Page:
The placenta, long thought to be sterile, is home to a bacterial community similar to the one found in the mouth, researchers report today. The microbes are generally non-pathogenic, but according to the authors of the study, variations in their composition could be at the root of common but poorly understood pregnancy disorders such as preterm birth, which occurs in one out of every ten pregnancies.
In 2012, Kjersti Aagaard, an obstetrician at Baylor College of Medicine in Houston, Texas, and her collaborators found that the most abundant microbes in an expectant mother’s vagina were different from those in a non-pregnant woman, but were not generally representative of those that were most common in the stool of an infant in its first week of life1. To investigate where these microbes were coming from, the team decided to examine the placenta.
In the new study, the researchers took samples of placental tissue from 320 women just after delivery, extracted DNA from the tissue and sequenced it. They found that the weight of the mother or whether she gave birth by caesarean or vaginally did not seem to change the makeup of the placental microbiome. But, Aagaard says, the bacterial community “was different among women who either experienced a preterm birth or had a much earlier infection, such as a urinary tract infection — even if that infection was treated and cured many months or weeks previously”. Their findings are published today in Science Translational Medicine2.
The researchers also compared the placental microbiomes to those found in the vagina, gut, mouth and on the skin of non-pregnant women. They found that the placental microbiome was most similar to that of the mouth. The authors speculate that the microbes travel to the placenta from the mouth via the blood. The results reinforce data suggesting a link between periodontal disease in the mother and the risk of preterm birth, says Aagaard.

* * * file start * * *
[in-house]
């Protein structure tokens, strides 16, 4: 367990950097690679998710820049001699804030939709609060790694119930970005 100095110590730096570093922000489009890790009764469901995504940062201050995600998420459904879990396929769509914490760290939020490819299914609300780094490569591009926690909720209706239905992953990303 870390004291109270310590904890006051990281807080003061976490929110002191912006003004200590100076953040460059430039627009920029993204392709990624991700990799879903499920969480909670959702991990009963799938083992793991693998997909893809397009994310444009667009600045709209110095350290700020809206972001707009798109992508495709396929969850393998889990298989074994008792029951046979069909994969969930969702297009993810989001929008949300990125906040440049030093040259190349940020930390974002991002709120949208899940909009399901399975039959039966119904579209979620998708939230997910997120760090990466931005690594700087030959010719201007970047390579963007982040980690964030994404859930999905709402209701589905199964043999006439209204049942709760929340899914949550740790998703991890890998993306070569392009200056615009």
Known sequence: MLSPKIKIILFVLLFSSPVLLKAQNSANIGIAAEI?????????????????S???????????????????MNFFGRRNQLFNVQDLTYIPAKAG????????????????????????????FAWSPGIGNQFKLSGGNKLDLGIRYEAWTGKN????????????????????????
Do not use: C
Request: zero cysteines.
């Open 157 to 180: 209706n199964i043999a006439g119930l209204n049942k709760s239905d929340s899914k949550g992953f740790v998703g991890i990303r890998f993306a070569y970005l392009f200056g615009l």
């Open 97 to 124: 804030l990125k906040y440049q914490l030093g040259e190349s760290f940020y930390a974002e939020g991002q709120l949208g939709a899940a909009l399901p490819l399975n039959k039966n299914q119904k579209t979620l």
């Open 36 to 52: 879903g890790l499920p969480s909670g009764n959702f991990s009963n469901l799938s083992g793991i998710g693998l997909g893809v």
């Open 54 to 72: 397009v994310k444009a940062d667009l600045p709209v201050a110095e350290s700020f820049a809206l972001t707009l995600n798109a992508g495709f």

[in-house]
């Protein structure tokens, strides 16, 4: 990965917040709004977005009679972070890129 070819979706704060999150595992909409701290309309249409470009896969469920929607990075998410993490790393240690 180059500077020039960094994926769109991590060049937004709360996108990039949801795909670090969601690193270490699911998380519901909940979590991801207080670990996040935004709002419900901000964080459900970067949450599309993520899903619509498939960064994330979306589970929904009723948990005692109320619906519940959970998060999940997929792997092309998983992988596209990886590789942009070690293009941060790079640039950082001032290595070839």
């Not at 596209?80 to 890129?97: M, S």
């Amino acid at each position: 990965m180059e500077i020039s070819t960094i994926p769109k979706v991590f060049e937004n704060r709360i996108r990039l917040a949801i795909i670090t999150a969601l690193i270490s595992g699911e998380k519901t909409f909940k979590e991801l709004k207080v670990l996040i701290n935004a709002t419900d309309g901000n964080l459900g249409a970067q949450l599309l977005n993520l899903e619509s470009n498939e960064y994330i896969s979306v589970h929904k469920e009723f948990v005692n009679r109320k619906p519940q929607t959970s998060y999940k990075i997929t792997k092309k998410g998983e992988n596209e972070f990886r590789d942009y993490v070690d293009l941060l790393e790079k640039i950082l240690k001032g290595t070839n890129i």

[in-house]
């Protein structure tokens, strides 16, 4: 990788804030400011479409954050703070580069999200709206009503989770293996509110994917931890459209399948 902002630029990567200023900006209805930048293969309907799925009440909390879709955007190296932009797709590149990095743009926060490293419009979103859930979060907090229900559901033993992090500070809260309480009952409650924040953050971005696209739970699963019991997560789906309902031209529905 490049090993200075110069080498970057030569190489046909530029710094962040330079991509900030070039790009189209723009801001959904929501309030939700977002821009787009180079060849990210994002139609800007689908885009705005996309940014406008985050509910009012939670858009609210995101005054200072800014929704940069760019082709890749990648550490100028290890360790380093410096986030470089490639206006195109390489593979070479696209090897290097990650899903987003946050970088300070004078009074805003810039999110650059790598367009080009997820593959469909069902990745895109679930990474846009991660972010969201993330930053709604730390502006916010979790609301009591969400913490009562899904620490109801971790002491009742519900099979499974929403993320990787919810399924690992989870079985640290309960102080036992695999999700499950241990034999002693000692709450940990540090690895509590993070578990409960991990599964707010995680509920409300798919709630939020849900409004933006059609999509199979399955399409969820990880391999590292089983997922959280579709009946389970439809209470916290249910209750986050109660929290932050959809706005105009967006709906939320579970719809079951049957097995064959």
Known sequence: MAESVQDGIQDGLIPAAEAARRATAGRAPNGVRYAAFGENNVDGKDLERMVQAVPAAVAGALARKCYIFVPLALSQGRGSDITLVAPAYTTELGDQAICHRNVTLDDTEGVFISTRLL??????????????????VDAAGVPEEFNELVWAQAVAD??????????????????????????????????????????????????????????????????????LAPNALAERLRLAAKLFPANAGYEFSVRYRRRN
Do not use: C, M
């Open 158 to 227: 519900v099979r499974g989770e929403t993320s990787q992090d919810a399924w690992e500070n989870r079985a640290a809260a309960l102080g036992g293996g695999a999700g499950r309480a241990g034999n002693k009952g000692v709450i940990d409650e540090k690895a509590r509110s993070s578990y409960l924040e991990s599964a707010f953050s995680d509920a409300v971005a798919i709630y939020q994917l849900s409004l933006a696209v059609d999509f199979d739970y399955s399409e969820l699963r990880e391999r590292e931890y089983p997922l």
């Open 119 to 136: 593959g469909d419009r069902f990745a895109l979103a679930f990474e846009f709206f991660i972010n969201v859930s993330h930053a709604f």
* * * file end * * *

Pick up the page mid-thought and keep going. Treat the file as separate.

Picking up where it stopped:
“This is the first study to show that even in normal pregnancy there is a specific microbiome associated with normal placentation,” says George Saade, an obstetrician at the University of Texas Medical Branch in Galveston, who was not involved in the work.
Roberto Romero, who is program director for perinatal research and obstetrics at the US National Institute of Child Health and Human Development, says that the bacteria the team identified could be from maternal blood rather than being part of a microbial community that lives in the placenta. However Antonio Frias, an obstetrician at Oregon Health & Science University in Portland who was not involved in the study, says the researchers collected the samples ”in a fashion that minimized the risk of potential contamination”.
The team is now studying how women’s microbial communities change during pregnancy. The aim is to identify women at risk of preterm birth, and develop ways to prevent it or deal with its complications in newborns — possibly by using dietary changes to enhance the healthy microbes in the placenta, vagina or the mouth and gut.
- Journal name: